What Does It Take to Program/Use a Robotic Arm?

I’d like to know more about robotic arms in general. Specifically:

-What’s the typical cost of entry for a solution that can, say, move 96 well plates less than 1 meter between a Hamilton and a plate reader?

-Do they generally require that you know a programming language?

-How do you pair a robotic arm to a Hamilton or Tecan? More specifically, do you send commands from VENUS? How do you manage the “handoff” (literally and figuratively!).

-What does your set up look like?

-Any brands you would recommend? UFactory for example was mentioned in another thread.


Come to our event October 5th and find out by doing!

  • cost can range from 5-35k

  • usually have to learn the vendor specific software to reach points

  • you can’t do it from VENUS. You need scheduling softwares like Overlord that orchestrate the liquid handler and robot arm. (You can however have a LYNX control a KX-2 arm which is a pretty neat full integration stack)

  • KX-2, uFactory are ‘modern’ arms. But it seems there is a boom in robot arm manufacturers entering biotech now. I’d just try to set up as many demos as you can. Companies wanna sell em to lab at the end of the day

Agree with most except that some arms you can control directly through Venus if Hamilton has provided drivers for it.

We’ve done several solutions shown below without ever leaving Venus.



Is that a precise arm? I didn’t know Hamilton offered drivers!

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Yes a Precise Arm and linear rail rebranded as the Hamilton HMotion.


I wonder what the cost is here compared to a custom solution for the same thing (if these are all separately purchasable)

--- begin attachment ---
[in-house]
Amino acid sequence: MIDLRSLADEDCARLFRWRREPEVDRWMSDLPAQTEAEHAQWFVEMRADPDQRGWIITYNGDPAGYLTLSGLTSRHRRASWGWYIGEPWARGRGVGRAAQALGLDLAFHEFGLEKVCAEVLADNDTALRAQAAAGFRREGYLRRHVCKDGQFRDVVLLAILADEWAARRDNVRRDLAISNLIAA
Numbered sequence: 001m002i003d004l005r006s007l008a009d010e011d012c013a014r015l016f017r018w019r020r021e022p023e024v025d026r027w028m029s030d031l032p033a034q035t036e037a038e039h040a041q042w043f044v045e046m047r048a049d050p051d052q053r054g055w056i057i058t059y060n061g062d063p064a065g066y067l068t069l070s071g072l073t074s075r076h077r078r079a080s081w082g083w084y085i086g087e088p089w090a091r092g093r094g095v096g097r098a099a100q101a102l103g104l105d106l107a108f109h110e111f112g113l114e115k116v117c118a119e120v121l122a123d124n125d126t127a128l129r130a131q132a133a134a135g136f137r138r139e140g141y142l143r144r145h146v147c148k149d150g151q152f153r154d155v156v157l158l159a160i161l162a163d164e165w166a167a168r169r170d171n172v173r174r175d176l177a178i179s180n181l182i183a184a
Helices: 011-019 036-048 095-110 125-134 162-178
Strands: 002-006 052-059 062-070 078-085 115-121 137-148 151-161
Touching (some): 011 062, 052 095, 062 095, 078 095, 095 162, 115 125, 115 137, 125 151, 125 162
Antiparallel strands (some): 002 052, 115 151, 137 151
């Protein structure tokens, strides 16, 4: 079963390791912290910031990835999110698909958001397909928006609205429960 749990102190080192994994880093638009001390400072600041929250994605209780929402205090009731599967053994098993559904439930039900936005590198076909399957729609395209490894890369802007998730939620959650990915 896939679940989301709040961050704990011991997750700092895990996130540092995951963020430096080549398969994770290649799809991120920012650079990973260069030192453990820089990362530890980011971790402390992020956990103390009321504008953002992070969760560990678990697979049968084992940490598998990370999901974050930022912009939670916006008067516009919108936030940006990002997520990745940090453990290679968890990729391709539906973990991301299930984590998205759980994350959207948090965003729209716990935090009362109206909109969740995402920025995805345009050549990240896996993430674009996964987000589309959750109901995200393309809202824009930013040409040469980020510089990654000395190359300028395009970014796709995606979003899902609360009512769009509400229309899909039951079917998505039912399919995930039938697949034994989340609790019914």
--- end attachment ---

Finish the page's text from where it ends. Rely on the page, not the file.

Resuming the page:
In my experience Hamilton sells the third party devices in a solution at list price. In fact, sometimes the client buys the device directly (e.g., MSD Reader) and Hamilton builds the integration hardware for it and provides drivers.

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Many ways to control the arm:

  1. Scheduling software
  2. Via SiLA server
  3. Directly through Hamiltons Venus using shell command. Most vendor has APIs to control their arm and usually scheduling software/Hamiltons uses this.

Thanks everyone! @KyleCook_GeNovu , that is almost the exact type of set up I’d be interested in.

And thanks for the invite @smohler , and the details you shared. I had a feeling there may be some drivers directly in VENUS (or a script in VENUS could be run).

Would be interested to hear of other set ups as well.

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Biosero Green Button Go software can control both the Hamilton and most commercially available arms. The PF400 and KX2 would be most common. Both can be put on rails. In Green Button Go we use a universal teach pendant that makes teach the arm and transports as easy as loading a teach plate and physically moving it between sites on your workcell. Its very easy to use.